“Apathy and detachment, combined with acceptance.”

In this excerpt from Sketches From A Life, George F. Kennan is discussing Stalinist Russia in 1952.  It does not take very much imagination to believe he is talking about America in 2016:

The spiritual breach between the rulers and the ruled is one of the things that most strongly strikes a person returning to Russia at this juncture after a long absence. Somehow or other, the betterment of material conditions for the mass of the people seems to go hand in hand with a certain sort of withdrawal of these masses from emotional participation in the announced purposes of the regime. This is not to be confused with political discontent. On the contrary, it is attended by the steady disappearance of those age groups which have any sort of recollection of prerevolutionary times or any ability to imagine any other sort of government than this one. It even is attended, I think, by an increasing acceptance of Soviet power and, in general, Soviet institutions as a natural condition of life, not always agreeable or pleasant, sometimes even dangerous, but nevertheless something that is simply “there,” like the weather or the soil, and not to be removed by anything the individual could possibly do– something that simply has to be accepted and put up with.

But in this very acceptance of Soviet power as a sort of unchangeable condition of nature, there is also implied the very lack of living emotional and political relationship to it, about which I am speaking. Thirty years ago people were violently for it or against it, because all of them felt Soviet power as something springing from human action, capable of alteration by human action, and affecting their own lives in ways that raised issues of great immediacy and importance with respect to their own behavior. Today most of them do not have this feeling. Their attitude is one of increasing apathy and detachment, combined with acceptance– acceptance sometimes resigned, sometimes vaguely approving, sometimes unthinkingly enthusiastic. In general, I think it fair to say that the enthusiasm varies in reverse relationship to the thoughtfulness of the person and to his immediate personal experience with the more terrible sides of Soviet power– such things as the experiences of collectivization, recollections of the purges, or personal unhappiness as a victim of the harshness of the bureaucracy.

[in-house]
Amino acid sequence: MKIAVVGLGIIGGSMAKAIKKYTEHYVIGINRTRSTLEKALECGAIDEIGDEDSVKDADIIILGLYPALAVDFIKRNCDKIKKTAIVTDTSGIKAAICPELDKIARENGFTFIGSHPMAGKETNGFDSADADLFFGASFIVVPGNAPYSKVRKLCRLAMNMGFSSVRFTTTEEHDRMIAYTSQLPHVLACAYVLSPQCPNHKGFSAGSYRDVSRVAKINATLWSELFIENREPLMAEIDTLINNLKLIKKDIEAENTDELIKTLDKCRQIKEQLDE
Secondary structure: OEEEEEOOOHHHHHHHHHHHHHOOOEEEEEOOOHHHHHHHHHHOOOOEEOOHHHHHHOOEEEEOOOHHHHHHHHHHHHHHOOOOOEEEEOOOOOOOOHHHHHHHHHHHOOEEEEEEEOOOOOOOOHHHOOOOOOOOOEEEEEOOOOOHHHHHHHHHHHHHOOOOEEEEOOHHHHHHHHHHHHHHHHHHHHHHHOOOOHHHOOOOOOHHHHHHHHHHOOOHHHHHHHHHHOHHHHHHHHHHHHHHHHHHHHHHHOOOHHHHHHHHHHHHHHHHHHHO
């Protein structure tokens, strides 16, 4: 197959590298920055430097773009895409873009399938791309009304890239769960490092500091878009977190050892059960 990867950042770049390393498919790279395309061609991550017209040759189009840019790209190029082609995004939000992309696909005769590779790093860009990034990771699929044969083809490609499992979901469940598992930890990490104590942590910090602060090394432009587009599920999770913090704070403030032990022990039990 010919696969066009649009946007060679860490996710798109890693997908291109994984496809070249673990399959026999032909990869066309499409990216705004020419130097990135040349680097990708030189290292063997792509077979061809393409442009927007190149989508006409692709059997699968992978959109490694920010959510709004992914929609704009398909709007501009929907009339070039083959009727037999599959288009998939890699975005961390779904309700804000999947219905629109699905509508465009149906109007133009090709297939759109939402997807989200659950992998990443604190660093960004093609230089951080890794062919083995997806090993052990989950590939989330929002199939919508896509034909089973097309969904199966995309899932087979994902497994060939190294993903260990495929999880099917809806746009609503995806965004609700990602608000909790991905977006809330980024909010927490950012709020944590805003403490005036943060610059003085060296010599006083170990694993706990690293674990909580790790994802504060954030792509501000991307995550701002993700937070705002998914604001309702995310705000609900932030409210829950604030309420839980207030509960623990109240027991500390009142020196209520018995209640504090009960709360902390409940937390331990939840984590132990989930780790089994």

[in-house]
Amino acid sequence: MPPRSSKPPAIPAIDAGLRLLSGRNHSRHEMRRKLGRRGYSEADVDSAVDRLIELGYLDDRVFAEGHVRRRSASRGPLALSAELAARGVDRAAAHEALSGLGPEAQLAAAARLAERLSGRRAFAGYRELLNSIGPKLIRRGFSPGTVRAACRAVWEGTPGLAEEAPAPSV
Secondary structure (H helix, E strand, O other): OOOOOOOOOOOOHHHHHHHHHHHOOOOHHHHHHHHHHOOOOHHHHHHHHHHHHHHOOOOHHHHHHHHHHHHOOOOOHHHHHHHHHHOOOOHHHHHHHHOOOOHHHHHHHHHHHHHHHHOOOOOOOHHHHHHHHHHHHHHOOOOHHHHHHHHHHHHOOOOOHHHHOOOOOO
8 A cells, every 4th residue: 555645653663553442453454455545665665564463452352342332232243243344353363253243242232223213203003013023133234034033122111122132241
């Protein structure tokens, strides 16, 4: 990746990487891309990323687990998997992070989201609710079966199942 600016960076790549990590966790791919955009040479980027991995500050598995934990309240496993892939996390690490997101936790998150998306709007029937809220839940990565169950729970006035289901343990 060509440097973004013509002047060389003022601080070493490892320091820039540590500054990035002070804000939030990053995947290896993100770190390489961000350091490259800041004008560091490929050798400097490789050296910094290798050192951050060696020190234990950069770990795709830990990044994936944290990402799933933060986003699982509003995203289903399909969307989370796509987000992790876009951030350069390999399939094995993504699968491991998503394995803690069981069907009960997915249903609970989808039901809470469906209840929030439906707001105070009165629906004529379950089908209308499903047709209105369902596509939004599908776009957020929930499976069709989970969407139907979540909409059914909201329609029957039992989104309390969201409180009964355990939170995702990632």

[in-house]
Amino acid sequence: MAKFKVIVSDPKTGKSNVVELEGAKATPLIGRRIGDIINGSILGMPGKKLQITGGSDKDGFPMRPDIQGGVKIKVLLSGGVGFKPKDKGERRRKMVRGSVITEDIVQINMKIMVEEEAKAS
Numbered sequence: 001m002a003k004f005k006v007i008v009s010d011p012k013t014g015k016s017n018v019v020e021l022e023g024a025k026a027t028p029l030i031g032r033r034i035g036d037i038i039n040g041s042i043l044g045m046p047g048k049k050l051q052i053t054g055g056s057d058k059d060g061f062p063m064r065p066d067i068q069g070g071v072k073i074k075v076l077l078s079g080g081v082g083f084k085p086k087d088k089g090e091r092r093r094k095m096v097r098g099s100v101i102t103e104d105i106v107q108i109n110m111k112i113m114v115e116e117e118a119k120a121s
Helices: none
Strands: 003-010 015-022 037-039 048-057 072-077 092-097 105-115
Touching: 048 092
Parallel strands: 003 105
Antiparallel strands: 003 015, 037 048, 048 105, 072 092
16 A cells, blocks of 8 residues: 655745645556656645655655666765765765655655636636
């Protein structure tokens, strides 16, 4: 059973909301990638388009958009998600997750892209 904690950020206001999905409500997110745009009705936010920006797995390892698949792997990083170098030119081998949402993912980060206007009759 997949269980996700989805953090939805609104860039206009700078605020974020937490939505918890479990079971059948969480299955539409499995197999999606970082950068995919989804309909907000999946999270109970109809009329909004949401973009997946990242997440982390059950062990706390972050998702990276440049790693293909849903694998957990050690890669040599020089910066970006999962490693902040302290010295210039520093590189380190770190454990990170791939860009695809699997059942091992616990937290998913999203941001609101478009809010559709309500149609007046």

It is my feeling that the regime is itself in a large measure responsible for this growing emotional detachment of large masses of the people. For one thing it has rendered itself physically and personally remote from the rest of the population to an extraordinary degree. One had a feeling fifteen or twenty years ago of a much greater personal impact of the members of the Politburo on the actual running of the country, an impact which created a certain sense of intimacy between them and their subjects, and even such of their subjects as were suffering at their hands. More was known and felt by people of the personalities, the views, and the moods of the top rulers. Today these rulers sit in inscrutable isolation behind their Kremlin walls. For most people they are only names, and names with a slightly mythical quality at that. The relatively few changes in personnel at the top bodies in the past fifteen years have meant that even that link with the public which is provided by the normal flow of advancement into prominent position of people who once had normal ties with friends and neighbors and coworkers is now largely missing.

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